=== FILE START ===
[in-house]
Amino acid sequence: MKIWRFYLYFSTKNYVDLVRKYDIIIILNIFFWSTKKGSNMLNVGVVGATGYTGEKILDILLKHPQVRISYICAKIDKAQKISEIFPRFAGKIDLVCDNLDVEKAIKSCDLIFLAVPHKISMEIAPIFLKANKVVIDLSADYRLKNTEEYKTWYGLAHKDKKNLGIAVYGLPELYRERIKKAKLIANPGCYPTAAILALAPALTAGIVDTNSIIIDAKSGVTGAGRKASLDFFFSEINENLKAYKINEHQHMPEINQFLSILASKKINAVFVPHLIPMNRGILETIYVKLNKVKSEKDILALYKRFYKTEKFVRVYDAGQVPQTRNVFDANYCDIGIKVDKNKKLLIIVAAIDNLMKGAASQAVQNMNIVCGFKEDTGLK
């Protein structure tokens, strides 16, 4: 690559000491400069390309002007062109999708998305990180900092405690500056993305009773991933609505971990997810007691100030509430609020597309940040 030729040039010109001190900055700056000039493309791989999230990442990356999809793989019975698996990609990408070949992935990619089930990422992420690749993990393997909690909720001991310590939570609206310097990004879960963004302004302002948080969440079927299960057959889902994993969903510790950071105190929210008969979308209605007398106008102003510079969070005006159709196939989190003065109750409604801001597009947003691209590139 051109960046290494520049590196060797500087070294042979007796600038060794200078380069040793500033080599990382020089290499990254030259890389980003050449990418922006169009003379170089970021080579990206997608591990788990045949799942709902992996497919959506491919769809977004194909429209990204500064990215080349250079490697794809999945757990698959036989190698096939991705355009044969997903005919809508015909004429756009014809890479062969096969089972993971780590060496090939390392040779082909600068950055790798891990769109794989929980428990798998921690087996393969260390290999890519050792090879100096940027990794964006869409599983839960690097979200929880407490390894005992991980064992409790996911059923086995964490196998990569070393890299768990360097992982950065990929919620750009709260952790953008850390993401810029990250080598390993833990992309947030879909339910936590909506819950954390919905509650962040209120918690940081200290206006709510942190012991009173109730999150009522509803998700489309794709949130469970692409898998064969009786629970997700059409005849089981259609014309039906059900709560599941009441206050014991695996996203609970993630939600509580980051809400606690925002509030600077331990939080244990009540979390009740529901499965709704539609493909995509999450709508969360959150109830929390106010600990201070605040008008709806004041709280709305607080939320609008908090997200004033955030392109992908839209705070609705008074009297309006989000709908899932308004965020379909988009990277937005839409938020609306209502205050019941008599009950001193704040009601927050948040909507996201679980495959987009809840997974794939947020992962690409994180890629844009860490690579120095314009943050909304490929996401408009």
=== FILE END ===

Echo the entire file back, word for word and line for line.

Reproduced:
[in-house]
Amino acid sequence: MKIWRFYLYFSTKNYVDLVRKYDIIIILNIFFWSTKKGSNMLNVGVVGATGYTGEKILDILLKHPQVRISYICAKIDKAQKISEIFPRFAGKIDLVCDNLDVEKAIKSCDLIFLAVPHKISMEIAPIFLKANKVVIDLSADYRLKNTEEYKTWYGLAHKDKKNLGIAVYGLPELYRERIKKAKLIANPGCYPTAAILALAPALTAGIVDTNSIIIDAKSGVTGAGRKASLDFFFSEINENLKAYKINEHQHMPEINQFLSILASKKINAVFVPHLIPMNRGILETIYVKLNKVKSEKDILALYKRFYKTEKFVRVYDAGQVPQTRNVFDANYCDIGIKVDKNKKLLIIVAAIDNLMKGAASQAVQNMNIVCGFKEDTGLK
């Protein structure tokens, strides 16, 4: 690559000491400069390309002007062109999708998305990180900092405690500056993305009773991933609505971990997810007691100030509430609020597309940040 030729040039010109001190900055700056000039493309791989999230990442990356999809793989019975698996990609990408070949992935990619089930990422992420690749993990393997909690909720001991310590939570609206310097990004879960963004302004302002948080969440079927299960057959889902994993969903510790950071105190929210008969979308209605007398106008102003510079969070005006159709196939989190003065109750409604801001597009947003691209590139 051109960046290494520049590196060797500087070294042979007796600038060794200078380069040793500033080599990382020089290499990254030259890389980003050449990418922006169009003379170089970021080579990206997608591990788990045949799942709902992996497919959506491919769809977004194909429209990204500064990215080349250079490697794809999945757990698959036989190698096939991705355009044969997903005919809508015909004429756009014809890479062969096969089972993971780590060496090939390392040779082909600068950055790798891990769109794989929980428990798998921690087996393969260390290999890519050792090879100096940027990794964006869409599983839960690097979200929880407490390894005992991980064992409790996911059923086995964490196998990569070393890299768990360097992982950065990929919620750009709260952790953008850390993401810029990250080598390993833990992309947030879909339910936590909506819950954390919905509650962040209120918690940081200290206006709510942190012991009173109730999150009522509803998700489309794709949130469970692409898998064969009786629970997700059409005849089981259609014309039906059900709560599941009441206050014991695996996203609970993630939600509580980051809400606690925002509030600077331990939080244990009540979390009740529901499965709704539609493909995509999450709508969360959150109830929390106010600990201070605040008008709806004041709280709305607080939320609008908090997200004033955030392109992908839209705070609705008074009297309006989000709908899932308004965020379909988009990277937005839409938020609306209502205050019941008599009950001193704040009601927050948040909507996201679980495959987009809840997974794939947020992962690409994180890629844009860490690579120095314009943050909304490929996401408009």